That last one probably seems self-explanatory, but remember that aristocrats had a lot of power back then, and the lower classes didn't have any real means of fighting unfair treatment. How surprising that there was a revolution, eh?

    By this point in time, Benjamin Franklin and Thomas Jefferson had both spent years in Paris as diplomats for the United States, and made lots of friends (especially Franklin, who was super popular). It's no coincidence that some of the ideas and language are almost identical to the American Declaration and the Bill of Rights—except, of course, originally in French.

    Examples of the similarities include: "Men are born and remain free and equal in rights,""These rights are liberty, property, security, and resistance to oppression," a statement on not abusing the people with the army, and no taxation without approval from the people or their representatives. There is even a stipulation that "all persons are held innocent until they shall have been declared guilty," which is a right established in the U.S. Constitution as well, with pretty much the same wording. (Source)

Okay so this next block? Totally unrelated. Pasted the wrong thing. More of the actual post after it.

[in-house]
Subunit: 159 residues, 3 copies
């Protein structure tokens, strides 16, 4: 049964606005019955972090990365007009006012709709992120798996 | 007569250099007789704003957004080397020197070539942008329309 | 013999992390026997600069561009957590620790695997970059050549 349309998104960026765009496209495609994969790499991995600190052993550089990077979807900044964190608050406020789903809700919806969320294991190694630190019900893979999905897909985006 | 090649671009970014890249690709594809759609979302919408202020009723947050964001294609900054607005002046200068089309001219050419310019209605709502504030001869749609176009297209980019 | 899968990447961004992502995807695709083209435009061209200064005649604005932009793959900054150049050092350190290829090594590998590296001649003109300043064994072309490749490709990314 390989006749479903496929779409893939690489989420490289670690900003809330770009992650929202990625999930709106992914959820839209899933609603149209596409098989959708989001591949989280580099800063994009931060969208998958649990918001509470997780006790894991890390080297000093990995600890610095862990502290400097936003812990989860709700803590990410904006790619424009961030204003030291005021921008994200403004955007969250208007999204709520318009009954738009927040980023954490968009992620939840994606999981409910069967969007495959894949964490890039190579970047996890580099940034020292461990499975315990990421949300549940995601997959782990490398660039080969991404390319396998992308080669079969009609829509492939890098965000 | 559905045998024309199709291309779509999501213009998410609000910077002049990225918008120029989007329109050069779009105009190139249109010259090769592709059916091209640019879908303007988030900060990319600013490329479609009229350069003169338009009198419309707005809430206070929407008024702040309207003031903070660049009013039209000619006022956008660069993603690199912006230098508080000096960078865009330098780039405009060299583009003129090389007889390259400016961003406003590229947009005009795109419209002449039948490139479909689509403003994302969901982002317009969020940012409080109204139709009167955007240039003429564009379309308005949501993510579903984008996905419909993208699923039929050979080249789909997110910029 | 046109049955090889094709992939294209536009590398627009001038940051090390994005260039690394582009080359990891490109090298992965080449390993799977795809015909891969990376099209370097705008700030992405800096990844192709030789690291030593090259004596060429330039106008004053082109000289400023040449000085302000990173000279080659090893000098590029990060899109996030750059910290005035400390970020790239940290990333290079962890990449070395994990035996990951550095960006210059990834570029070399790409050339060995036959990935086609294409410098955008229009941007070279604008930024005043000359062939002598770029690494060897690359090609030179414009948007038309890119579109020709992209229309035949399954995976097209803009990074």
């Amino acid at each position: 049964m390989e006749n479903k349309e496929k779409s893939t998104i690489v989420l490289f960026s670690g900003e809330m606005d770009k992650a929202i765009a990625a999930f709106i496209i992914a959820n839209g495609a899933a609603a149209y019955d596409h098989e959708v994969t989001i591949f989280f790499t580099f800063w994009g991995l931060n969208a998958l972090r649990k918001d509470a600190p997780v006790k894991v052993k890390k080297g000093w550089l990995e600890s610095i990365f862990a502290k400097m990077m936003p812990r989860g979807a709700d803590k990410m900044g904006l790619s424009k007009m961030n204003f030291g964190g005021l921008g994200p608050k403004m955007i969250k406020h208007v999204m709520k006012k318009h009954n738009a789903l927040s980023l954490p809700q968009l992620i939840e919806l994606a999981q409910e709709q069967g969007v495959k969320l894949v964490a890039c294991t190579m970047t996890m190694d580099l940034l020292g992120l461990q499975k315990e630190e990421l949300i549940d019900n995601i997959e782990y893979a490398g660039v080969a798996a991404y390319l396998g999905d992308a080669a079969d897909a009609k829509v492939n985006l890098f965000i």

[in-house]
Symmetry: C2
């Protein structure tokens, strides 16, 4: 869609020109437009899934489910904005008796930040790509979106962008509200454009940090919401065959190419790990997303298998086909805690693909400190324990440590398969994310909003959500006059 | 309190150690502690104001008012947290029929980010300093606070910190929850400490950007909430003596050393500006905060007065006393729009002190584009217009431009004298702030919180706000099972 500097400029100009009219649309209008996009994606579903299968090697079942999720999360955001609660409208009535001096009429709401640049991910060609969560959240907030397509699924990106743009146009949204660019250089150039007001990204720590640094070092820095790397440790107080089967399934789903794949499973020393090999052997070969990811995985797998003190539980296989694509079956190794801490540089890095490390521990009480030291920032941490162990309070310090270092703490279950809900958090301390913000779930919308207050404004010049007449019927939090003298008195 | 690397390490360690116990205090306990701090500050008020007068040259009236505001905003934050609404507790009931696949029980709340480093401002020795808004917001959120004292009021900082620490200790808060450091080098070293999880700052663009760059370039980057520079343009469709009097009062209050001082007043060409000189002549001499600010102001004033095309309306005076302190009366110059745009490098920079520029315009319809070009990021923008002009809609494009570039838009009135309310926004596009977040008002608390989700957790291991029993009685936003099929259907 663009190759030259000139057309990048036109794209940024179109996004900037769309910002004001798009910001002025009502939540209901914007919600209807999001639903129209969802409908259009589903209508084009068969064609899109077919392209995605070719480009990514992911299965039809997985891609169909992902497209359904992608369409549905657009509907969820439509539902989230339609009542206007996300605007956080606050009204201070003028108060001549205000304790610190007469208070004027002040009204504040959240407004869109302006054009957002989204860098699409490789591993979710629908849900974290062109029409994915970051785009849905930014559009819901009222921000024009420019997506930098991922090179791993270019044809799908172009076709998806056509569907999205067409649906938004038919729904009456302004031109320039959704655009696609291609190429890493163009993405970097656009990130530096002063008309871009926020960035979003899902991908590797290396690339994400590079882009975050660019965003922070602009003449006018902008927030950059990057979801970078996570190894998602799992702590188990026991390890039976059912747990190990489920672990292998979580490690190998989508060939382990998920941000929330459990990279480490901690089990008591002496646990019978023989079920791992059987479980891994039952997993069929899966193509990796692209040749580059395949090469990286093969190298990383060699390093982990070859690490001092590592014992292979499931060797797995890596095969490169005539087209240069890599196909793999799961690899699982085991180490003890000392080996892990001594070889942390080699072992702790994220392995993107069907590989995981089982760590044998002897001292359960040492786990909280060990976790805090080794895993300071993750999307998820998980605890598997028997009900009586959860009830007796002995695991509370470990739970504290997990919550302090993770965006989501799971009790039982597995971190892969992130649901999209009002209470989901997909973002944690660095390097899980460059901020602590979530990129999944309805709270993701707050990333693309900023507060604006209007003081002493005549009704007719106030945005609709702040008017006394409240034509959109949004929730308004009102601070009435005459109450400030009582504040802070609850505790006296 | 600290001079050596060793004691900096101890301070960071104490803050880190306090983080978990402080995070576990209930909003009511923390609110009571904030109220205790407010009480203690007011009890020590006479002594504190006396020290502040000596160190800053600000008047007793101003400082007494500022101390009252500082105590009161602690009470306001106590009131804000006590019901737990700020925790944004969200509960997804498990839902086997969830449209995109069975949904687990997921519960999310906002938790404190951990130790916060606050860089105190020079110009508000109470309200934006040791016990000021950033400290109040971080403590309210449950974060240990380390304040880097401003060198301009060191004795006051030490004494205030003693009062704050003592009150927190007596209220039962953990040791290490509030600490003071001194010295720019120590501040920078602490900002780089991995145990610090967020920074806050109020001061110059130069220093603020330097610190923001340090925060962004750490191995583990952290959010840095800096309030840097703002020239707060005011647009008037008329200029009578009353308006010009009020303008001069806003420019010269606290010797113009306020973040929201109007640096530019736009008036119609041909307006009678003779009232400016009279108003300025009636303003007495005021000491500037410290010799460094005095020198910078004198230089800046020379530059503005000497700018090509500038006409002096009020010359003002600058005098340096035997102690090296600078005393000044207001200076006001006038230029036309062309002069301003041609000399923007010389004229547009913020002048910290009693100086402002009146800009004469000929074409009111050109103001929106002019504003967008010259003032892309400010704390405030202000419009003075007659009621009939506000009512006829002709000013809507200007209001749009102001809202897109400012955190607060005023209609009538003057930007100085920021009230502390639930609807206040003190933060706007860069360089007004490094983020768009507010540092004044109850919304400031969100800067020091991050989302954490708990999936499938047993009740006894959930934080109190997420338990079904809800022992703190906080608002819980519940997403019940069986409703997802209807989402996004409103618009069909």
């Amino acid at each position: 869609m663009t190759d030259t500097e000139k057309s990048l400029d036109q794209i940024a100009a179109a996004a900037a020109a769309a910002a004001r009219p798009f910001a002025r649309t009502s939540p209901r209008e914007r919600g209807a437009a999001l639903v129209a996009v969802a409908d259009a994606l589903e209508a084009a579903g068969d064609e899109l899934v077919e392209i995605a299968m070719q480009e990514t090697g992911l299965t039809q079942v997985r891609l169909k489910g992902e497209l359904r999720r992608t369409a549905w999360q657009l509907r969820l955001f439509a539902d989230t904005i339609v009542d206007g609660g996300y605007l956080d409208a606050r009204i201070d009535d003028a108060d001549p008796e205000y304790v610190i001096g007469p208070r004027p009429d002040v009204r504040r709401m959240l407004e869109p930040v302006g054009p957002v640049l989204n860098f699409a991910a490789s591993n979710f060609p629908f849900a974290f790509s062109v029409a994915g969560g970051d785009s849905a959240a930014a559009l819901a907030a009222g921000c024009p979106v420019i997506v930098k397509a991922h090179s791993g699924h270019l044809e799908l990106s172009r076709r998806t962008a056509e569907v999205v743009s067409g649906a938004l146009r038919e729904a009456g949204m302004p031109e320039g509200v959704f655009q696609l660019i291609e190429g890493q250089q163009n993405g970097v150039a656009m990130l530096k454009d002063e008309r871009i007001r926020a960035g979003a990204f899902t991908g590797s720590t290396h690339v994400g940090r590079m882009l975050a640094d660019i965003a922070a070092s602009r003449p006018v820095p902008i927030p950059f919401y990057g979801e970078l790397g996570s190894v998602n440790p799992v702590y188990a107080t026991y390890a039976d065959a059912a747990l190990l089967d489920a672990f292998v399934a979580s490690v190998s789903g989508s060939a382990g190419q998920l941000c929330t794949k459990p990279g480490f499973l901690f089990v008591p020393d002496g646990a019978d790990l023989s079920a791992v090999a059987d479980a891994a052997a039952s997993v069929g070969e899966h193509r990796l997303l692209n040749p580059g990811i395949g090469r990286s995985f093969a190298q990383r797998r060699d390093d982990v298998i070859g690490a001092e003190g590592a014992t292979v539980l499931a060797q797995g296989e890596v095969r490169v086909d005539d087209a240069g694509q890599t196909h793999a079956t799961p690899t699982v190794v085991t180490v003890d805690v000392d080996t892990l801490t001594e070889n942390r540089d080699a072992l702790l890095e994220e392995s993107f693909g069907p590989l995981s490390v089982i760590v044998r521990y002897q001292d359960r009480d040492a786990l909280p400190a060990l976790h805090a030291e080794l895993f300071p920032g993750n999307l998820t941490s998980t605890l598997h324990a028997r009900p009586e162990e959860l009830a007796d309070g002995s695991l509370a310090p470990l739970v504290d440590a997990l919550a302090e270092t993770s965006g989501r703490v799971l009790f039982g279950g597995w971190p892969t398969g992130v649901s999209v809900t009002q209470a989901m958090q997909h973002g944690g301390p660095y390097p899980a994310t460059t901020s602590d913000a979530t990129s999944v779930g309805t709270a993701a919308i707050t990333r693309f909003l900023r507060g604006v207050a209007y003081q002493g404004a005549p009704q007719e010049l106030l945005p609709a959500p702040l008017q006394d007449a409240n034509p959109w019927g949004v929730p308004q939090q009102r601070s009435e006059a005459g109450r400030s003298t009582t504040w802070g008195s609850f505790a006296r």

The "Declaration of the Rights of Man" isn't a declaration of independence, since the French weren't trying to establish a different country, but give their existing one a makeover. This is why in many ways the text is more like the U.S. Bill of Rights, including a list of, you know, rights.

    However, the French "Declaration" also served as an official public statement, issued by a representative legislature, about the abuses of the monarchical government. It championed the idea that government should truly represent its people. This fundamental idea was revolutionary in the 18th century, but would be continuously adopted over the 19th century throughout many regions.